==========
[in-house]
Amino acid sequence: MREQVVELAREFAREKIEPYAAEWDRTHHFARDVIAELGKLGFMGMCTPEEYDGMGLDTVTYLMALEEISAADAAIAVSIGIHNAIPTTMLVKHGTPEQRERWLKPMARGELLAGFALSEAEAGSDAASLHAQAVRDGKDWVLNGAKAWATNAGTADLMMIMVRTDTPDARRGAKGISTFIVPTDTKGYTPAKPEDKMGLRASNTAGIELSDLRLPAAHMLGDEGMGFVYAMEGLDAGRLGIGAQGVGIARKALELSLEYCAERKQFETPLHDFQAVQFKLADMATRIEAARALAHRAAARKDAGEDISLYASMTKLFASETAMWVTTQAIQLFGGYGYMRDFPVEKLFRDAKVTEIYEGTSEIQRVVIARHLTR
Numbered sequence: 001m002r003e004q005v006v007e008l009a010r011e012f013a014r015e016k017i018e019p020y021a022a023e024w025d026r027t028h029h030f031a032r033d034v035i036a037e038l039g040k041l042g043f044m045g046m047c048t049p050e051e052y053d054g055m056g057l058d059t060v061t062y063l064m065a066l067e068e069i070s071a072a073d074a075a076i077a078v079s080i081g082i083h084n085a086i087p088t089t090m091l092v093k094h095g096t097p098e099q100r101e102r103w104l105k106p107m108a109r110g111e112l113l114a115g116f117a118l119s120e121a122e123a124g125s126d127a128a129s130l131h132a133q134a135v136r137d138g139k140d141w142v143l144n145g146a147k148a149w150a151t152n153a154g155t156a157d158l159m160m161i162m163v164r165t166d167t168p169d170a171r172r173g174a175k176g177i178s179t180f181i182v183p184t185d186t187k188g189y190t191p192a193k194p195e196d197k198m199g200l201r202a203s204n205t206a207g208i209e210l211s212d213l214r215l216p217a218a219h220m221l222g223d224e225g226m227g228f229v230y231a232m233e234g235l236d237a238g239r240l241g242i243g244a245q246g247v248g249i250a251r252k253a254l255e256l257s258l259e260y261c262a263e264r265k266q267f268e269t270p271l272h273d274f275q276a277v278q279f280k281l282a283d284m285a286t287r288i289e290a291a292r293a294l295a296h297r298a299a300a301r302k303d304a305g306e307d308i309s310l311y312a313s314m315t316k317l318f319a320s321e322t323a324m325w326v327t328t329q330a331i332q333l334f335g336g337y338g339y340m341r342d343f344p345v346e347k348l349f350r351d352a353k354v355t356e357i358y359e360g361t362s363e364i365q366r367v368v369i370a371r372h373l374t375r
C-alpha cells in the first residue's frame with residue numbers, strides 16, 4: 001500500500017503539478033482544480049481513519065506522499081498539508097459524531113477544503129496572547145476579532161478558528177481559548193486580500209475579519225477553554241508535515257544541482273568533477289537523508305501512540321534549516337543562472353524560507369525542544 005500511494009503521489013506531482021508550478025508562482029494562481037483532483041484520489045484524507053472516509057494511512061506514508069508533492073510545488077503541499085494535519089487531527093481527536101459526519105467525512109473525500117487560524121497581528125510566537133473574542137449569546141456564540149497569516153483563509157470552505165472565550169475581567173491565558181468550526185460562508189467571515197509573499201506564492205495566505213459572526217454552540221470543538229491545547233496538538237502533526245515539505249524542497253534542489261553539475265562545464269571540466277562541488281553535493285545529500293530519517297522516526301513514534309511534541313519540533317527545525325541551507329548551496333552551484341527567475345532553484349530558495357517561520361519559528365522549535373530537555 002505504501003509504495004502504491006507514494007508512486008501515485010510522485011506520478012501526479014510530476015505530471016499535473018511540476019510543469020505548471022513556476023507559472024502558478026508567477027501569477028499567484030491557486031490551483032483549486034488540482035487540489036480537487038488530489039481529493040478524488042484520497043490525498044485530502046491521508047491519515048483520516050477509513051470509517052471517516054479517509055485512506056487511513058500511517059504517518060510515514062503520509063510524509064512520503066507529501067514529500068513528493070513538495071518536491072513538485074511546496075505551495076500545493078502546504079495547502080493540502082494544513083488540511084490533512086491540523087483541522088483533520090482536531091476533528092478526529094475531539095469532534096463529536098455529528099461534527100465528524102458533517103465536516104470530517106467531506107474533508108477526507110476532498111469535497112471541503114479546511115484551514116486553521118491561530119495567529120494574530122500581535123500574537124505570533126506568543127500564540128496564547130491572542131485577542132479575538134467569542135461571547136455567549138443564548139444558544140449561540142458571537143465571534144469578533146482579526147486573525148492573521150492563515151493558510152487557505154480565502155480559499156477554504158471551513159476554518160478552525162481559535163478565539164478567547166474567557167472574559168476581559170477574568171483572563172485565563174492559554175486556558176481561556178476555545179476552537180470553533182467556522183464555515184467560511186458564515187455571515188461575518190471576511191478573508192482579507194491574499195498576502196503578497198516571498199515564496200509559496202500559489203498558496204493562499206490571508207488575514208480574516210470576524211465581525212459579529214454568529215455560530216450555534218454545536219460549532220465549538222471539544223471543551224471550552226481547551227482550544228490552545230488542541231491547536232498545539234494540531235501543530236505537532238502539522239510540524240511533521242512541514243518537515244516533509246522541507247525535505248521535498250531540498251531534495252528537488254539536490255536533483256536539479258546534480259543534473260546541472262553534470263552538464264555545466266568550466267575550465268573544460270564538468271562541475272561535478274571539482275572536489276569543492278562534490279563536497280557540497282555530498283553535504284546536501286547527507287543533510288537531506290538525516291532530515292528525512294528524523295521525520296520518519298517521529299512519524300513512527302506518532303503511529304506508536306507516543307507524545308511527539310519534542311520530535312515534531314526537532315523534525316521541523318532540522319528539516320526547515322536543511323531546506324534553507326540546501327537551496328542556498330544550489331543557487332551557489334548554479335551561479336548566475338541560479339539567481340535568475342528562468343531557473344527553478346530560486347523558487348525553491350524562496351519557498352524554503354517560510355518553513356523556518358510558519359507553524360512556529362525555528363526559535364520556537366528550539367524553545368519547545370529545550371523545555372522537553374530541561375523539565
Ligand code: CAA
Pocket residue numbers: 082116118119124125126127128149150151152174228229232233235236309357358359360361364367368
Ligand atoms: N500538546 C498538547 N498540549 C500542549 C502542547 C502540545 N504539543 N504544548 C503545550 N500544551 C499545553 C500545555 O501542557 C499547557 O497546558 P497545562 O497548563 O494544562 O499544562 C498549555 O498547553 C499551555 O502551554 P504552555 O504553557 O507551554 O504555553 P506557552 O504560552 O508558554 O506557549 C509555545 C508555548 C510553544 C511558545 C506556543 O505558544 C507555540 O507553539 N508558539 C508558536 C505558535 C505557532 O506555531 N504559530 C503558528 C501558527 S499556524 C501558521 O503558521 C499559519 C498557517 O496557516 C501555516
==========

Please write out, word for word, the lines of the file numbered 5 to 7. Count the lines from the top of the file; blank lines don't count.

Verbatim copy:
Ligand code: CAA
Pocket residue numbers: 082116118119124125126127128149150151152174228229232233235236309357358359360361364367368
Ligand atoms: N500538546 C498538547 N498540549 C500542549 C502542547 C502540545 N504539543 N504544548 C503545550 N500544551 C499545553 C500545555 O501542557 C499547557 O497546558 P497545562 O497548563 O494544562 O499544562 C498549555 O498547553 C499551555 O502551554 P504552555 O504553557 O507551554 O504555553 P506557552 O504560552 O508558554 O506557549 C509555545 C508555548 C510553544 C511558545 C506556543 O505558544 C507555540 O507553539 N508558539 C508558536 C505558535 C505557532 O506555531 N504559530 C503558528 C501558527 S499556524 C501558521 O503558521 C499559519 C498557517 O496557516 C501555516